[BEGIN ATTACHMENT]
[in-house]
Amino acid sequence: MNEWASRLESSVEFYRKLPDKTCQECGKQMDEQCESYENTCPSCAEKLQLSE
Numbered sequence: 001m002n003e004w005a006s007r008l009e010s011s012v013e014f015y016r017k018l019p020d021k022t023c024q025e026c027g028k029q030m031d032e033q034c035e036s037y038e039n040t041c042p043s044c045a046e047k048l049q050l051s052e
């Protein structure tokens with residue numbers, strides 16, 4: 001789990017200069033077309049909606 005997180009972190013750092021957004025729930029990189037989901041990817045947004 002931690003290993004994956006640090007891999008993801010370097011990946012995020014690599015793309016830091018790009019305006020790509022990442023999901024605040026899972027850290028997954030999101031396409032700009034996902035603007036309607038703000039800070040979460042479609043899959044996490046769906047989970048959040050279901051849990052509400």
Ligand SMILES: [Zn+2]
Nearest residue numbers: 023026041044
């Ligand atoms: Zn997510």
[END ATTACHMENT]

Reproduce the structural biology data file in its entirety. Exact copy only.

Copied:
[in-house]
Amino acid sequence: MNEWASRLESSVEFYRKLPDKTCQECGKQMDEQCESYENTCPSCAEKLQLSE
Numbered sequence: 001m002n003e004w005a006s007r008l009e010s011s012v013e014f015y016r017k018l019p020d021k022t023c024q025e026c027g028k029q030m031d032e033q034c035e036s037y038e039n040t041c042p043s044c045a046e047k048l049q050l051s052e
């Protein structure tokens with residue numbers, strides 16, 4: 001789990017200069033077309049909606 005997180009972190013750092021957004025729930029990189037989901041990817045947004 002931690003290993004994956006640090007891999008993801010370097011990946012995020014690599015793309016830091018790009019305006020790509022990442023999901024605040026899972027850290028997954030999101031396409032700009034996902035603007036309607038703000039800070040979460042479609043899959044996490046769906047989970048959040050279901051849990052509400």
Ligand SMILES: [Zn+2]
Nearest residue numbers: 023026041044
């Ligand atoms: Zn997510």